How Is Miso Soup Made?

When it comes to Japanese restaurant staples, most people are familiar with miso soup. However, individuals are often less clear about how this tasty side dish is made.

To make miso soup, one first gathers tofu, green onions, dried wakame seaweed, miso paste, and dashi, which is a broth flavored with fish flakes. Second, the seaweed is allowed to soak in warm water. Next, the dashi is heated and mixed with the miso paste. Then, the seaweed and tofu are stirred into the mixture. After simmering shortly, the soup is removed from the heat and topped with chopped green onions. Whether served with hibachi, sushi, fried rice, or grilled fish, miso soup is a delicious side dish that deserves a place at every Japanese meal.

If you’d like to enjoy a taste of authentic Japanese dining in San Jose, then please call House of Genji at (408) 453-8120 to schedule your reservation with our Japanese steakhouse.

Exploring Summer Festivals in Japan

The arrival of summer in Japan means lots of seasonal festivals to enjoy. If you’re planning to enjoy Japanese restaurants and culture this summer, then watch this video to get a glimpse of one of this season’s local events, the Kagurazaka summer festival.

Most summer festivals in Japan are held in July or August, and you will find plenty of street vendors selling snacks and sweet treats at these celebrations. Once the sun goes down, lanterns are lit, traditional performances start, and the Kagurazaka summer festival develops a memorable atmosphere and becomes even more lively.

Enjoy a taste of Japan by joining us at House of Genji this season. For information about our cocktail lounge or to schedule your reservation at our Japanese restaurant in San Jose, call (408) 453-8120.

Sake Etiquette 101

When perusing the drink menu at your favorite Japanese steakhouse, you’ve probably noticed a drink called sake on the menu. Whether you’ve tried this beverage before or haven’t yet had the pleasure, you might enjoy learning about how sake is served in Japan and the customs it’s associated with. Read on for an introduction to sake etiquette.

Serving Sake

Traditionally, sake was served warm. Today, however, this alcoholic drink made from rice is typically served chilled to help preserve the flavor profiles. Different types of sake will taste best at various temperatures, but most premium varieties that you can find will have optimum flavor when served between lightly chilled and room temperature.

Pouring Sake

Just like with beer, it’s customary in Japan to pour for others and avoid pouring for oneself. While this can take some getting used to, you may find that this tradition has appeal after you grow accustomed to it. For sake, small cups, called guinomi or ochoko , and a serving vessel, called a tokkuri , are used for drinking and serving. The vessel is kept at the table to allow for refills, and because people pour for one another, this can promote social bonding. When in a formal situation, the pourer holds the tokkuri with two hands. Also, the person whose cup is being refilled lifts the guinomi with one hand and steadies it with the other.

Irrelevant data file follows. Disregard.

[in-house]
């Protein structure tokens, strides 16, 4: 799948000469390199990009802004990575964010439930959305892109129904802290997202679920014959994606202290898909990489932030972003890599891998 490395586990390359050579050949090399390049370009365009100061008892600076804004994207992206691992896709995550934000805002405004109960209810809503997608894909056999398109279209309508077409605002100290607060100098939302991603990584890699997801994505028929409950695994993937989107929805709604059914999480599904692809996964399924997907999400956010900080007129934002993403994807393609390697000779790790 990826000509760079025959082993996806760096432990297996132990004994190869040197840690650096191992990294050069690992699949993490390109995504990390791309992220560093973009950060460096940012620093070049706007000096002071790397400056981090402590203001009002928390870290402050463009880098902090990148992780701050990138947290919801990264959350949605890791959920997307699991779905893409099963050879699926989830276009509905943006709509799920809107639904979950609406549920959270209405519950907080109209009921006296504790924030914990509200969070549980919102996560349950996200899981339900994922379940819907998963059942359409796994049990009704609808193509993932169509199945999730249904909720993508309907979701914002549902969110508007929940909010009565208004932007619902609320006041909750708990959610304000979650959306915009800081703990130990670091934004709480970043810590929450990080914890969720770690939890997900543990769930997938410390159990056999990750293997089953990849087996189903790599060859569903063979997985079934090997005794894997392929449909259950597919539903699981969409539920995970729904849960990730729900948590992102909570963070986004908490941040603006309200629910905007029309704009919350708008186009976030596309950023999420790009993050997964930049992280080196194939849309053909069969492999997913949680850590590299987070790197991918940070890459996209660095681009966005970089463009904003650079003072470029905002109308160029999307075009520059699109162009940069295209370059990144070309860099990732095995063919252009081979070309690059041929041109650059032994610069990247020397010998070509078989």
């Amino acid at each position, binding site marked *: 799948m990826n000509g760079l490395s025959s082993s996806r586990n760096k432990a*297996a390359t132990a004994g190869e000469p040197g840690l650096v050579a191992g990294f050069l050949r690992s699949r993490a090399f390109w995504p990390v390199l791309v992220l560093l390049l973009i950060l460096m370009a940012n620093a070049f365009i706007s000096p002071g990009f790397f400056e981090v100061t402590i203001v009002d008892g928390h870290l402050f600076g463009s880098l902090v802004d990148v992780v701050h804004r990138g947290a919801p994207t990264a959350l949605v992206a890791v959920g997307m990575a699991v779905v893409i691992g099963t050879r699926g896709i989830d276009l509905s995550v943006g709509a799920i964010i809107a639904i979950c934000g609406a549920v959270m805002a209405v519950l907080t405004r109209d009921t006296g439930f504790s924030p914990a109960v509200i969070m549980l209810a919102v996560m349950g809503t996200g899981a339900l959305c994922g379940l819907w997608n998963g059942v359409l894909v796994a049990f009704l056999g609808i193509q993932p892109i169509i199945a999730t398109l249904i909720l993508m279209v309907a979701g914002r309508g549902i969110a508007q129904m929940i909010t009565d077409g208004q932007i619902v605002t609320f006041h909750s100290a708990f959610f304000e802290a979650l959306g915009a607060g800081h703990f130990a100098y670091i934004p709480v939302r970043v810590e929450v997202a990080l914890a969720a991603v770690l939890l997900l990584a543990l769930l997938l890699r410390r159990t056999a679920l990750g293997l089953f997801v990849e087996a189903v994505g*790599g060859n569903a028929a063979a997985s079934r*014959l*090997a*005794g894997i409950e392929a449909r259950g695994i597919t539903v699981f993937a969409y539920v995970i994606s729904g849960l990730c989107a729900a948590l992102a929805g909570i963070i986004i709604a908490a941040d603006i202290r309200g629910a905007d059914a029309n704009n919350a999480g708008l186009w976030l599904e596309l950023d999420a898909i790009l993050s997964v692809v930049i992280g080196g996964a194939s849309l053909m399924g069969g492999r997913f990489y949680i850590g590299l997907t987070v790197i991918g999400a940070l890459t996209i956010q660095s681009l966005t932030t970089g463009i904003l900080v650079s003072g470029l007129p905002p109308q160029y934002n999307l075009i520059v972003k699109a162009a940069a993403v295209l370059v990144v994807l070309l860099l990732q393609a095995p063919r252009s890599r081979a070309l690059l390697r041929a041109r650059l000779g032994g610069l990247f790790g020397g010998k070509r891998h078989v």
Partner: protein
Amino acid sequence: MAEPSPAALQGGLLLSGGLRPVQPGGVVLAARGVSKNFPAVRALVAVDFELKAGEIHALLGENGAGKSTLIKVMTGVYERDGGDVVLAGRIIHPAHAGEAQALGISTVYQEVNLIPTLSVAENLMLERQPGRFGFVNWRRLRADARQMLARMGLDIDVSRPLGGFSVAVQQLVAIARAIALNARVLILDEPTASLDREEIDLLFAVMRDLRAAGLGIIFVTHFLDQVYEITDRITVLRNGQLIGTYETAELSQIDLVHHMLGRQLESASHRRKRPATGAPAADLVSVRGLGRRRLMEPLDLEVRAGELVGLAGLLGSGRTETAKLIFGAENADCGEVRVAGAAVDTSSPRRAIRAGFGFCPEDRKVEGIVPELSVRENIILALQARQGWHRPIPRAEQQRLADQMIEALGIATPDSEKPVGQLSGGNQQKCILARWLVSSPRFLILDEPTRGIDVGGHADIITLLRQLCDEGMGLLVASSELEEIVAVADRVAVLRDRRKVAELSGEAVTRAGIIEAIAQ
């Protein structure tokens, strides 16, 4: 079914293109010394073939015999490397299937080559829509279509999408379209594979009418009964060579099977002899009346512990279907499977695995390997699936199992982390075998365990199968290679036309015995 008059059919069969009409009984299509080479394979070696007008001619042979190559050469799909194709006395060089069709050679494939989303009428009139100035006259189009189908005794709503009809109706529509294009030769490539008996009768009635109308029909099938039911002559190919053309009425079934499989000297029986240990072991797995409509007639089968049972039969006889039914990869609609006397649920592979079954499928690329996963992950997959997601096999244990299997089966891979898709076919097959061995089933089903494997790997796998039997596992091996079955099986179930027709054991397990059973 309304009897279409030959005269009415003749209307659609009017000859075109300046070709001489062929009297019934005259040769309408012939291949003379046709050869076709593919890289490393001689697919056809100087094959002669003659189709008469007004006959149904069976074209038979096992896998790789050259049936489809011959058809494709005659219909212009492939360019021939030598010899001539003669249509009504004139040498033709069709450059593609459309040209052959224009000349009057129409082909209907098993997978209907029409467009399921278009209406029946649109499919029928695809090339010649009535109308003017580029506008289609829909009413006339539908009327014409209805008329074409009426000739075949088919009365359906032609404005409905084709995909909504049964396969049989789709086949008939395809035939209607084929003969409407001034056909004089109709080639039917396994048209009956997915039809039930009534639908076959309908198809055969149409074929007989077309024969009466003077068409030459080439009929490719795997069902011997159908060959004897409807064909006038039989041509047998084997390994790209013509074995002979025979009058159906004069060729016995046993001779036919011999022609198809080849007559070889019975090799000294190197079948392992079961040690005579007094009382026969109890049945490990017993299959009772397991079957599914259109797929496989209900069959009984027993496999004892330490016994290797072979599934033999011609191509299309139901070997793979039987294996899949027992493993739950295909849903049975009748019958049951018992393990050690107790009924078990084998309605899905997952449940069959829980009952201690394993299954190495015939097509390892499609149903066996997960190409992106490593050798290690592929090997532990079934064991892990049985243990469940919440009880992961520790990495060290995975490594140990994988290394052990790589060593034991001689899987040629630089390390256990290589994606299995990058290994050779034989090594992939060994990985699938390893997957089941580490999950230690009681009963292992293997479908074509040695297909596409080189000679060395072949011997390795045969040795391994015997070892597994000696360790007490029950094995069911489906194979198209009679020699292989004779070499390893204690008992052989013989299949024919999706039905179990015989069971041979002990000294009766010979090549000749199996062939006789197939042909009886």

Drinking Sake

The extent to which etiquette is followed depends on the formality of the situation. However, even for an informal gathering, it is customary for attendees to pour the sake for each other. If you plan to enjoy a night out in Japan and partake of sake, keep in mind that your companions may try to fill your glass each time you empty it, so drink with caution!

Come and give sake a try at House of Genji’s cocktail lounge, or enjoy this beverage as your teppanyaki meal is prepared right at your table. Call (408) 453-8120 to make your reservation at our Japanese restaurant in San Jose.

A Look at Traditional Japanese Breakfast Foods

In the United States, many people enjoy a bagel or bowl of cereal to start their day. However, a customary breakfast in Japan is quite different. Keep reading to learn about traditional breakfast foods that would be served in a Japanese restaurant or home.

Rice

Steamed rice, or gohan , is an essential when it comes to Japanese dining. White or brown rice can be used, and this carbohydrate component of the meal serves as a wonderful complement to the protein that is often included.

Fermented Soybeans

Natto , which is made from fermented soybeans, is a staple for many households in Japan but is a unique dish to most foreigners. Natto has a sticky, slimy texture that you won’t find in many other foods, and some people dislike its smell or taste. This fermented soybean dish is commonly served with a traditional Japanese breakfast and seasoned with dried seaweed, soy sauce, spicy mustard, dried fish shavings, or green onion. You can find packaged natto in the refrigerated section of many Asian and international markets.

Miso Soup

Miso, which is made from fermented soybeans, is the essential component of miso soup, a traditional Japanese breakfast dish. Typically, miso soup is made using miso paste and fish flake ( dashi ) broth. In a bowl of miso soup, you may also find seaweed, green onions, tofu, mushrooms, or clams. It’s common for miso soup to be made from scratch using dashi and miso paste, but instant miso soup is also available.

Fish

Commonly broiled, grilled, or pan-fried, salmon and mackerel are common components of traditional Japanese breakfasts.

Pickled Vegetables

Pickled vegetables, or tsukemono , are Japanese staples that are commonly served with rice dishes. Pickled vegetables come in a huge variety of options, such as umeboshi , which is pickled plum, and takuan , which is pickled daikon radish.

If you’re looking for Japanese dining in San Jose, then come and visit House of Genji. To make a reservation with our Japanese steakhouse, please call (408) 453-8120.